Authorities said the suspect took off in a stolen white Chevrolet pickup truck with Kentucky plates, according to WSMV. Decoursey “is considered armed and dangerous,” they said.

In a followup tweet, Bevin said “There is no greater sacrifice than that of a person willing to lay down their life for another…Thank God for the #ThinBlueLine.”





‘ENOUGH IS ENOUGH!’: Two officers killed in less than 24 hours as war on police continues

PRINCE GEORGE’S COUNTY, MD. — An officer shot and killed on Wednesday became the second American policeman to die in the line of duty in less than 24 hours.

The officer, who died while attempting to intervene in a domestic violence dispute, has not yet been identified. The suspect police say responsible for the officer’s death was shot and killed after police returned fire.

“With broken hearts, we are announcing that one of our officers was shot and killed today,” the Prince George’s Police Department wrote on Twitter ( “The brave officer was shot while stepping in to protect a woman threatened in a domestic situation. Please keep his family and our department in your prayers.”

“The suspect who killed our officer was shot and killed by responding law enforcement. More details later,” the department wrote in a follow-up tweet.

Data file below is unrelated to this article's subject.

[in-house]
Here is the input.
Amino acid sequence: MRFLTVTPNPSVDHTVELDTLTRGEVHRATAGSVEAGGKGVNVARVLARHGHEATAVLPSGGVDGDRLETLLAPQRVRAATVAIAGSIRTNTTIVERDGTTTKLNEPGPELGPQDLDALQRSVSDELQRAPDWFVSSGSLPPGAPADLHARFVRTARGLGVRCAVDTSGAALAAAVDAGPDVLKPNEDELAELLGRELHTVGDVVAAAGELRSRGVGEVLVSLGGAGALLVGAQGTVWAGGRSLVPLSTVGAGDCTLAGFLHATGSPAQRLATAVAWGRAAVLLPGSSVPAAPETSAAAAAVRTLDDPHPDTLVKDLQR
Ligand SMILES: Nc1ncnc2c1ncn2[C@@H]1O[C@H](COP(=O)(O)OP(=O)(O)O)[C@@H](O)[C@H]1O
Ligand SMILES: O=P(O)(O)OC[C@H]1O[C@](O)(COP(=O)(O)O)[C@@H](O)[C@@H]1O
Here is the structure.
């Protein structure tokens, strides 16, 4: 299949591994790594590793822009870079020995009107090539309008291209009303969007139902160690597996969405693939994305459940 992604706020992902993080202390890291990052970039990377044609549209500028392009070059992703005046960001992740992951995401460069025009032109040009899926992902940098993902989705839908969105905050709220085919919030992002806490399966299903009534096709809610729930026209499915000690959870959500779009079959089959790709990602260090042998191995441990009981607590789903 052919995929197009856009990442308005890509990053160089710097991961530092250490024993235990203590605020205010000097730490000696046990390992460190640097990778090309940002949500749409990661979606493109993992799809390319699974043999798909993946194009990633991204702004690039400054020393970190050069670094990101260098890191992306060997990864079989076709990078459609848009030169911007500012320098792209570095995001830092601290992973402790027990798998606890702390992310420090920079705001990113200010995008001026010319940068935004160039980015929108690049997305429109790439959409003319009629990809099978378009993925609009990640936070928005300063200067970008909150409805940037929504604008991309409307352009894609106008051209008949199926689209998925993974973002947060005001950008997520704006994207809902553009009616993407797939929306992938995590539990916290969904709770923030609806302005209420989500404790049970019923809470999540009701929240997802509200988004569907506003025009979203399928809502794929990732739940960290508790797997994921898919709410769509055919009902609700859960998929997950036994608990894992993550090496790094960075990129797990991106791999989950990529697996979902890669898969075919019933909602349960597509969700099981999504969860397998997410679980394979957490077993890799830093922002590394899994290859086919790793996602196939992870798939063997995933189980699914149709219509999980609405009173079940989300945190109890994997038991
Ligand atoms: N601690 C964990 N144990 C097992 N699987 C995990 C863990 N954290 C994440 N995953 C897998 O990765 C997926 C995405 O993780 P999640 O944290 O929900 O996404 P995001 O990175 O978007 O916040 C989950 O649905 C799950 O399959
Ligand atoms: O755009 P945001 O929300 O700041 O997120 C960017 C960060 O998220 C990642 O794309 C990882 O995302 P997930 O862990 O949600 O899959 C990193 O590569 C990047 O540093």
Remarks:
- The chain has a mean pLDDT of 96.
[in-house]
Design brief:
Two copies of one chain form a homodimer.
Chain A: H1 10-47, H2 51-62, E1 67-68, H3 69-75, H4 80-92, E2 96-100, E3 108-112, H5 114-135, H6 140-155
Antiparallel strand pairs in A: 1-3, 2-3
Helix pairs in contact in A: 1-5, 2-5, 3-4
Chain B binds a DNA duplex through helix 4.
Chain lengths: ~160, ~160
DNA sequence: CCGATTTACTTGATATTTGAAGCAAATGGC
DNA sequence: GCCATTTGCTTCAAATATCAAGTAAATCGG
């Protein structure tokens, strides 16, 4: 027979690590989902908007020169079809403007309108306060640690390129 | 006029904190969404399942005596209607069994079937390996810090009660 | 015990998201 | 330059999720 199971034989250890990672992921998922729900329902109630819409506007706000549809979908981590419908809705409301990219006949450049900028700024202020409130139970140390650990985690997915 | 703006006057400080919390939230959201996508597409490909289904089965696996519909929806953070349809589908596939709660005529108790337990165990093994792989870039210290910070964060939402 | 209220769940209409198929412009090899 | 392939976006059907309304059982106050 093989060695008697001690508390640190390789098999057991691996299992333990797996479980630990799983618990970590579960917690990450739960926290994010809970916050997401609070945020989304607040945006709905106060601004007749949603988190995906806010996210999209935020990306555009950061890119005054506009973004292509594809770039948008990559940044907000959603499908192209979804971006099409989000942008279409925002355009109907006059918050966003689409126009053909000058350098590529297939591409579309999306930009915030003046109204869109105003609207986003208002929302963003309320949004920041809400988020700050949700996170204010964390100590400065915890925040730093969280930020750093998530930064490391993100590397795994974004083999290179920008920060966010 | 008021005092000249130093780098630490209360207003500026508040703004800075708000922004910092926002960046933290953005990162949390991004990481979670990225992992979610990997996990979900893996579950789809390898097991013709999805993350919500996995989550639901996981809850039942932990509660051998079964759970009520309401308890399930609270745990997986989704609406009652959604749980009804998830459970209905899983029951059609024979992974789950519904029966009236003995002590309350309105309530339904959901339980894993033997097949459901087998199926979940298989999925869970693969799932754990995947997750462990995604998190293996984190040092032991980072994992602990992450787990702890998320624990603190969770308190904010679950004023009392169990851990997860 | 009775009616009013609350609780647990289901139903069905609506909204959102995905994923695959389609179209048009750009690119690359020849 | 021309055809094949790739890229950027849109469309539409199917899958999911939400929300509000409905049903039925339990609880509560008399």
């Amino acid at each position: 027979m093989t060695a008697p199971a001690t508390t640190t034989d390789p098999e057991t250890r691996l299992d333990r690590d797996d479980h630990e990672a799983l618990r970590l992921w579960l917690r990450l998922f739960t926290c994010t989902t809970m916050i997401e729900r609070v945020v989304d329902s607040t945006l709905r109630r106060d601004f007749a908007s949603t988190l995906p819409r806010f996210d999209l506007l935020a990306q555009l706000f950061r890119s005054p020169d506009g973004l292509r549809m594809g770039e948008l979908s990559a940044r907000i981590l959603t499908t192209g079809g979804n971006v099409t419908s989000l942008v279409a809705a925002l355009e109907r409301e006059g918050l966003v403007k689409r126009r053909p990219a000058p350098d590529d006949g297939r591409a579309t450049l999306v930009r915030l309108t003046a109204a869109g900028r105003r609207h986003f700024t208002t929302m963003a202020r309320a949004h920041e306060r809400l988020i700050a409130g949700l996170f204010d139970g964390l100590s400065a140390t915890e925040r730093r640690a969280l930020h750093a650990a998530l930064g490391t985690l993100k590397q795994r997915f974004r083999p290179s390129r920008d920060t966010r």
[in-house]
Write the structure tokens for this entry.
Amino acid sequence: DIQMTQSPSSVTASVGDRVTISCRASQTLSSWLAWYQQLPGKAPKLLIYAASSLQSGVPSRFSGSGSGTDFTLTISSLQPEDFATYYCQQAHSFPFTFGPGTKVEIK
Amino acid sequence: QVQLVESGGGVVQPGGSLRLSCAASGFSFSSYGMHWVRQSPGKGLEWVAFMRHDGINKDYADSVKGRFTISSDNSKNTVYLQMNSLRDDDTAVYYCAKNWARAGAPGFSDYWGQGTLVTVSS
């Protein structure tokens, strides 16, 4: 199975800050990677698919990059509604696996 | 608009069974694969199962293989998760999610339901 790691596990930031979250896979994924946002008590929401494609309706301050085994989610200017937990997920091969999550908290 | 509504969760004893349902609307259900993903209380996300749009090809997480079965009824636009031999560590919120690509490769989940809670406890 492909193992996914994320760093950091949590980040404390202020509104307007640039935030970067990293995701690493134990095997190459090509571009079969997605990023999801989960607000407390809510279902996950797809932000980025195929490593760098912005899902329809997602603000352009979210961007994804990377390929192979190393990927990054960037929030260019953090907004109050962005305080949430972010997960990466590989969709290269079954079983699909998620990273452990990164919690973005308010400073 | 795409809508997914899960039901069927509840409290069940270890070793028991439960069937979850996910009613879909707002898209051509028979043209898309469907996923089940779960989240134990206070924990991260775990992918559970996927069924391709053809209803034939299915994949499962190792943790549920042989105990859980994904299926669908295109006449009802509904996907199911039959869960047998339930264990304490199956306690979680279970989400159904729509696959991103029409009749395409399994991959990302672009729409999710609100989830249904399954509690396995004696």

The Maryland shooting came less than 24 hours after another officer was shot and killed in the line of duty in Alabama.

Officer Justin Billa of the Mobile Police Department was gunned down after a murder suspect barricaded himself in his Alabama home at around 12:30 a.m. The suspect, in Billa’s murder, identified as Robert Hollie, was also pronounced dead at the scene.

It is not yet known whether Billa shot himself or if he was killed by police.

Billa, who had been named Officer of the Month in 2016, spoke of the dangers of the job during an interview with FOX 10 (

“She tells me she loves me every day before I leave for work. And I make sure I do the same,” Billa said of his wife.

He leaves behind a one-year-old son.

Chuck Canterbury, president of the National Fraternal Order of Police, says something must be done.

“When will our nation wake up and face that the steady increase of attacks on law enforcement is making all of us less safe,” Canterbury said earlier this month in the wake of an officer shooting in Ohio. “Enough is enough!”

To date, 15 officers have been killed in the line of duty in 2018 ( A total of 129 officers died last year.

Funeral arrangements for the officers are currently pending.



SALEM, DE — A Delaware State Trooper was shot multiple times on Wednesday and police say they are closing in on a suspect who they believe was responsible.

The shooting unfolded at around noon, local time, at a Wawa convenience store near Salem. The trooper, who has not yet been identified, was confirmed dead shortly after being rushed to the hospital.

Officials say the slain trooper spotted a suspicious vehicle that was occupied by two suspects in the Wawa parking lot.